In this vein, the band has been discovering the kind of sound they’d like to be known for. I’d describe them as a rock outfit but, through the course of the interview, we uncovered the contentiousness of genre. Admittedly, genre has a powerful impact on modern music and box-fitting exercises are often mandatory in the industry. The genre of shoegaze made headlines in the 80s and 90s as the validity of the genre was debated and contested by music journalists of the time. More recently, Spotify’s use of the chamber psych genre in their end-of-year ‘Spotify Unwrapped’ left many users confused. Sometimes, it’s easier to just enjoy music for what it is which Marvin’s Revenge seems to appreciate. Disregarding genre, Olly says that the band is moving in “the jamming sort of direction”. The band have recently enjoyed surf rock which they said: “we’ve enjoyed listening to – it’s just fun music”. During the creative process, Job added, the band will be sat in a room together where “Olly will have an idea on guitar, Luke will have an idea on bass” and they’ll go from there, finding what they like. Luke stated that “If there’s something in a song that you’re really happy with then we might as well keep it,” regardless of genre.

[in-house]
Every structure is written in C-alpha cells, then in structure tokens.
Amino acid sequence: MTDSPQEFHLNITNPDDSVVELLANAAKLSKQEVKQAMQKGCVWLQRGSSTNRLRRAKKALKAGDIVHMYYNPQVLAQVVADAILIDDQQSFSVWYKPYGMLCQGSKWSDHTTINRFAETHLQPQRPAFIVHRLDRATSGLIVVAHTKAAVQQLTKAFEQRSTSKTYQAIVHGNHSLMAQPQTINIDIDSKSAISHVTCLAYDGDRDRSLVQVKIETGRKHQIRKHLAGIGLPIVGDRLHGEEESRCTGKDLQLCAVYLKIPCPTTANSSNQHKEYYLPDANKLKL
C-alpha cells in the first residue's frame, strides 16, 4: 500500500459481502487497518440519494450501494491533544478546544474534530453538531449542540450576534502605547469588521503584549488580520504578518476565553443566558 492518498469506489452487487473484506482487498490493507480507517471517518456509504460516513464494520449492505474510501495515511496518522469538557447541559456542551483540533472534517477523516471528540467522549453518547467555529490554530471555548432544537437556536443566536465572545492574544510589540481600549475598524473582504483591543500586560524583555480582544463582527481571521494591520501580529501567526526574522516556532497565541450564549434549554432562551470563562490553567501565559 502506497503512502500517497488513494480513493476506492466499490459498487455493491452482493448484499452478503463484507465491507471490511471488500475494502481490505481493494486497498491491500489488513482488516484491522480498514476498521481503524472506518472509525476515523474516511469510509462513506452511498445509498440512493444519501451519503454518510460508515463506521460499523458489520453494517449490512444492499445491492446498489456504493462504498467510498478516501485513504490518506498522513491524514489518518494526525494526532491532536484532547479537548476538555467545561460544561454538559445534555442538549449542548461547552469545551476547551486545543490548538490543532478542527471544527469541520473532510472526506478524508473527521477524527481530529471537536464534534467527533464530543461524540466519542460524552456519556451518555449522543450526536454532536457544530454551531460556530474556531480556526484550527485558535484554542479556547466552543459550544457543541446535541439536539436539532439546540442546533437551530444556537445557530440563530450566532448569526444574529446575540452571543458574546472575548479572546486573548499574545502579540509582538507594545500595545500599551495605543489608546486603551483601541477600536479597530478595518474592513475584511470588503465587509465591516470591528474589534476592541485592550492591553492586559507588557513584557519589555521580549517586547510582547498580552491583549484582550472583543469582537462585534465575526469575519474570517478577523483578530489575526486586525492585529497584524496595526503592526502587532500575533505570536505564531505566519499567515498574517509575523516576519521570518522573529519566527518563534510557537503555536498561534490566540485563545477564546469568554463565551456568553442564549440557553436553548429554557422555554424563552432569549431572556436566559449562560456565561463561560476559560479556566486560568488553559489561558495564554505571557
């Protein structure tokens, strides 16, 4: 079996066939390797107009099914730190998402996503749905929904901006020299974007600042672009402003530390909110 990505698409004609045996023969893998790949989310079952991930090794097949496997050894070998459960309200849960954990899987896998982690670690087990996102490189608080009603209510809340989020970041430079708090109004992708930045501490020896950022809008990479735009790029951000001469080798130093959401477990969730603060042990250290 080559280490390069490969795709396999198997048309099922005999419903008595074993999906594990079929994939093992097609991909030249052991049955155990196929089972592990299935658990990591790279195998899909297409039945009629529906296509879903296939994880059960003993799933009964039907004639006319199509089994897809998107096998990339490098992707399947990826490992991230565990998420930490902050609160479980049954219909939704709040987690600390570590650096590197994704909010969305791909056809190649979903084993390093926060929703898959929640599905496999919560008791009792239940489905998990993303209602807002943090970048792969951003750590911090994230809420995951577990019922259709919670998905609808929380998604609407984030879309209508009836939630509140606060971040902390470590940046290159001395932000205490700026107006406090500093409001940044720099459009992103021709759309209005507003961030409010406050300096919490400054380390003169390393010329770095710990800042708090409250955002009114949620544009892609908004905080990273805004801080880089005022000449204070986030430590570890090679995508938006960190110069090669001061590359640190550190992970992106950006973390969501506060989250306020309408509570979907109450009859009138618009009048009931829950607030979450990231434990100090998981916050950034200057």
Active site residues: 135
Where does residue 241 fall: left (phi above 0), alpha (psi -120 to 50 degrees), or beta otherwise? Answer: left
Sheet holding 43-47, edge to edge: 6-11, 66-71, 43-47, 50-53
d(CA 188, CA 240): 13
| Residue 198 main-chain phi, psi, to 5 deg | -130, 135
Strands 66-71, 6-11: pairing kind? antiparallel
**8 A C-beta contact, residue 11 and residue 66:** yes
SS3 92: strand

The band’s experimental approaches thus far have led to an array of different tracks. Their Spotify currently showcases singles In My Mind, St. Alban and the three-track EP Bad Things Come in Threes, a selection that has been curated over time. The first song that the band felt was in the direction they were going for was In Your Mind which was released almost two years ago. Considering the song, Job mentioned that “the song was the one we were happiest with and which got a really good response. We’d just started to get a lot of good gigs around Nottingham. In fact, we’d basically just started to get accepted into the Notts scene.” Luke stated that “at this point after lockdown, the last song was St Alban and it’s not that we don’t like it, we’ve just changed our approach to making music”, showing how the band has evolved over time.